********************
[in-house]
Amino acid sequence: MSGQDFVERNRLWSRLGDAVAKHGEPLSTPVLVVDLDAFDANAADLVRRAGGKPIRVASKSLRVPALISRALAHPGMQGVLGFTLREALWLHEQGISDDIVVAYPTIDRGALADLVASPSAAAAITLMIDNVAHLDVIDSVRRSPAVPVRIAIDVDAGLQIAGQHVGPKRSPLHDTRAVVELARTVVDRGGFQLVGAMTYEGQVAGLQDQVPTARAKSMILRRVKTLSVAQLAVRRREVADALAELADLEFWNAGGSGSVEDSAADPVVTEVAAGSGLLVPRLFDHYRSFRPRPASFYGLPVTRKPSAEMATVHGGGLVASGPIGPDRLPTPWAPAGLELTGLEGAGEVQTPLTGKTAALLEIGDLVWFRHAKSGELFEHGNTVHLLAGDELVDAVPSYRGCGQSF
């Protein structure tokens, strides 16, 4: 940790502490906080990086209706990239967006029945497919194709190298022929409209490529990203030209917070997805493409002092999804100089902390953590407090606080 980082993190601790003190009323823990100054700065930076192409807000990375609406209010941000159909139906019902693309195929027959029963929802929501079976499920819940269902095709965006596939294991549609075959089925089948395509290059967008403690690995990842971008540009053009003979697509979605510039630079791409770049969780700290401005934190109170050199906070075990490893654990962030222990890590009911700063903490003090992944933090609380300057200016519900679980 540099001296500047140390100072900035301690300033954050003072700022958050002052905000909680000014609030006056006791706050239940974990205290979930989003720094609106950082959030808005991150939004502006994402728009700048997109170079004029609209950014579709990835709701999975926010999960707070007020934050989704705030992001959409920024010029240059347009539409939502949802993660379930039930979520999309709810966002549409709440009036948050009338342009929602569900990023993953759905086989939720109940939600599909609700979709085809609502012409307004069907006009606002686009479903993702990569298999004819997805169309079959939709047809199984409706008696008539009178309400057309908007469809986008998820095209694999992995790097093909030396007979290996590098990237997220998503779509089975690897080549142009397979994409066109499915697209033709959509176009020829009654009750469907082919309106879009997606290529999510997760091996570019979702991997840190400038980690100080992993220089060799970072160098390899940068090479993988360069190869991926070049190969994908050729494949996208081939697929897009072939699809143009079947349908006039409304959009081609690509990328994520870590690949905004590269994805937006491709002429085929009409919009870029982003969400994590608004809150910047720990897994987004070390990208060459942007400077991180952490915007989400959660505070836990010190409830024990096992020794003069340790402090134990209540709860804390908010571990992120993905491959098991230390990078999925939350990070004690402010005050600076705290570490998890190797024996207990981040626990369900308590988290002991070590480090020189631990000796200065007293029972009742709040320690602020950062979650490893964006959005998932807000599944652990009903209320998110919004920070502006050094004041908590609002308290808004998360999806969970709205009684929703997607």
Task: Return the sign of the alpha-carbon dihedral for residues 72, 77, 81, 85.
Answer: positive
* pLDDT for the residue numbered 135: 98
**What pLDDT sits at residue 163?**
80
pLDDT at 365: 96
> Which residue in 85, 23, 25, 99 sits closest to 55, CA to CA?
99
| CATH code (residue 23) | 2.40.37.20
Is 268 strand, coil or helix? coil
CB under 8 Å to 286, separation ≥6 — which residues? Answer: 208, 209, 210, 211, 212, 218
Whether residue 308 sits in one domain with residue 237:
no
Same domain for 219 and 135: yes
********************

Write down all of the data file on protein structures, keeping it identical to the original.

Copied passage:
[in-house]
Amino acid sequence: MSGQDFVERNRLWSRLGDAVAKHGEPLSTPVLVVDLDAFDANAADLVRRAGGKPIRVASKSLRVPALISRALAHPGMQGVLGFTLREALWLHEQGISDDIVVAYPTIDRGALADLVASPSAAAAITLMIDNVAHLDVIDSVRRSPAVPVRIAIDVDAGLQIAGQHVGPKRSPLHDTRAVVELARTVVDRGGFQLVGAMTYEGQVAGLQDQVPTARAKSMILRRVKTLSVAQLAVRRREVADALAELADLEFWNAGGSGSVEDSAADPVVTEVAAGSGLLVPRLFDHYRSFRPRPASFYGLPVTRKPSAEMATVHGGGLVASGPIGPDRLPTPWAPAGLELTGLEGAGEVQTPLTGKTAALLEIGDLVWFRHAKSGELFEHGNTVHLLAGDELVDAVPSYRGCGQSF
């Protein structure tokens, strides 16, 4: 940790502490906080990086209706990239967006029945497919194709190298022929409209490529990203030209917070997805493409002092999804100089902390953590407090606080 980082993190601790003190009323823990100054700065930076192409807000990375609406209010941000159909139906019902693309195929027959029963929802929501079976499920819940269902095709965006596939294991549609075959089925089948395509290059967008403690690995990842971008540009053009003979697509979605510039630079791409770049969780700290401005934190109170050199906070075990490893654990962030222990890590009911700063903490003090992944933090609380300057200016519900679980 540099001296500047140390100072900035301690300033954050003072700022958050002052905000909680000014609030006056006791706050239940974990205290979930989003720094609106950082959030808005991150939004502006994402728009700048997109170079004029609209950014579709990835709701999975926010999960707070007020934050989704705030992001959409920024010029240059347009539409939502949802993660379930039930979520999309709810966002549409709440009036948050009338342009929602569900990023993953759905086989939720109940939600599909609700979709085809609502012409307004069907006009606002686009479903993702990569298999004819997805169309079959939709047809199984409706008696008539009178309400057309908007469809986008998820095209694999992995790097093909030396007979290996590098990237997220998503779509089975690897080549142009397979994409066109499915697209033709959509176009020829009654009750469907082919309106879009997606290529999510997760091996570019979702991997840190400038980690100080992993220089060799970072160098390899940068090479993988360069190869991926070049190969994908050729494949996208081939697929897009072939699809143009079947349908006039409304959009081609690509990328994520870590690949905004590269994805937006491709002429085929009409919009870029982003969400994590608004809150910047720990897994987004070390990208060459942007400077991180952490915007989400959660505070836990010190409830024990096992020794003069340790402090134990209540709860804390908010571990992120993905491959098991230390990078999925939350990070004690402010005050600076705290570490998890190797024996207990981040626990369900308590988290002991070590480090020189631990000796200065007293029972009742709040320690602020950062979650490893964006959005998932807000599944652990009903209320998110919004920070502006050094004041908590609002308290808004998360999806969970709205009684929703997607």
Task: Return the sign of the alpha-carbon dihedral for residues 72, 77, 81, 85.
Answer: positive
* pLDDT for the residue numbered 135: 98
**What pLDDT sits at residue 163?**
80
pLDDT at 365: 96
> Which residue in 85, 23, 25, 99 sits closest to 55, CA to CA?
99
| CATH code (residue 23) | 2.40.37.20
Is 268 strand, coil or helix? coil
CB under 8 Å to 286, separation ≥6 — which residues? Answer: 208, 209, 210, 211, 212, 218
Whether residue 308 sits in one domain with residue 237:
no
Same domain for 219 and 135: yes